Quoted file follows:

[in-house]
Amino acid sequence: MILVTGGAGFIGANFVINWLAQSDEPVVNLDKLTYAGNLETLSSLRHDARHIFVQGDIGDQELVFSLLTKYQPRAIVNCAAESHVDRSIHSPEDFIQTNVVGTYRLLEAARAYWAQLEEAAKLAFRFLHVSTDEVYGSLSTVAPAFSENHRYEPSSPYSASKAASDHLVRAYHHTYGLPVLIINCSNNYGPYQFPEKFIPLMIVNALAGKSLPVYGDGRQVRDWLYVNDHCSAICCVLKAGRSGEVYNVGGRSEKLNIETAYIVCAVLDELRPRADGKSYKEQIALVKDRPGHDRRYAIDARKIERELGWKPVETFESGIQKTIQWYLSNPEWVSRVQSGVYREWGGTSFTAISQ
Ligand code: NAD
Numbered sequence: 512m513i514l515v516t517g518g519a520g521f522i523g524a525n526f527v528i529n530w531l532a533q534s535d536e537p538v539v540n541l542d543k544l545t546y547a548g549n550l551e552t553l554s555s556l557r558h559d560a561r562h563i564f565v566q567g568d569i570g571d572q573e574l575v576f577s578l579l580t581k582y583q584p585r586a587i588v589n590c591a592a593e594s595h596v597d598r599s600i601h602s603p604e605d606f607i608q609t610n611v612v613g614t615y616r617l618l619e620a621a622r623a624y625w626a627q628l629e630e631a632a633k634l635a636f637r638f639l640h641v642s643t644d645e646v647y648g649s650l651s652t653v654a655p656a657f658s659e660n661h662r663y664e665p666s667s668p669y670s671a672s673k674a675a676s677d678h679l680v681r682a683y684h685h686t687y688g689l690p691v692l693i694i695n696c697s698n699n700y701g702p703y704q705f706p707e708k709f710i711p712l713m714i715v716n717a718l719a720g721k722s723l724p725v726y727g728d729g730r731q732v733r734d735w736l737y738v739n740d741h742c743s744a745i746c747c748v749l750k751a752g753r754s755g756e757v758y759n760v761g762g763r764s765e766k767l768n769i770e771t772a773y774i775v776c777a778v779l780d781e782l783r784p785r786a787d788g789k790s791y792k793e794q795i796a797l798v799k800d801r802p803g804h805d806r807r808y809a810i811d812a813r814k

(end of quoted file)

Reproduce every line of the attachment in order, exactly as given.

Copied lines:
[in-house]
Amino acid sequence: MILVTGGAGFIGANFVINWLAQSDEPVVNLDKLTYAGNLETLSSLRHDARHIFVQGDIGDQELVFSLLTKYQPRAIVNCAAESHVDRSIHSPEDFIQTNVVGTYRLLEAARAYWAQLEEAAKLAFRFLHVSTDEVYGSLSTVAPAFSENHRYEPSSPYSASKAASDHLVRAYHHTYGLPVLIINCSNNYGPYQFPEKFIPLMIVNALAGKSLPVYGDGRQVRDWLYVNDHCSAICCVLKAGRSGEVYNVGGRSEKLNIETAYIVCAVLDELRPRADGKSYKEQIALVKDRPGHDRRYAIDARKIERELGWKPVETFESGIQKTIQWYLSNPEWVSRVQSGVYREWGGTSFTAISQ
Ligand code: NAD
Numbered sequence: 512m513i514l515v516t517g518g519a520g521f522i523g524a525n526f527v528i529n530w531l532a533q534s535d536e537p538v539v540n541l542d543k544l545t546y547a548g549n550l551e552t553l554s555s556l557r558h559d560a561r562h563i564f565v566q567g568d569i570g571d572q573e574l575v576f577s578l579l580t581k582y583q584p585r586a587i588v589n590c591a592a593e594s595h596v597d598r599s600i601h602s603p604e605d606f607i608q609t610n611v612v613g614t615y616r617l618l619e620a621a622r623a624y625w626a627q628l629e630e631a632a633k634l635a636f637r638f639l640h641v642s643t644d645e646v647y648g649s650l651s652t653v654a655p656a657f658s659e660n661h662r663y664e665p666s667s668p669y670s671a672s673k674a675a676s677d678h679l680v681r682a683y684h685h686t687y688g689l690p691v692l693i694i695n696c697s698n699n700y701g702p703y704q705f706p707e708k709f710i711p712l713m714i715v716n717a718l719a720g721k722s723l724p725v726y727g728d729g730r731q732v733r734d735w736l737y738v739n740d741h742c743s744a745i746c747c748v749l750k751a752g753r754s755g756e757v758y759n760v761g762g763r764s765e766k767l768n769i770e771t772a773y774i775v776c777a778v779l780d781e782l783r784p785r786a787d788g789k790s791y792k793e794q795i796a797l798v799k800d801r802p803g804h805d806r807r808y809a810i811d812a813r814k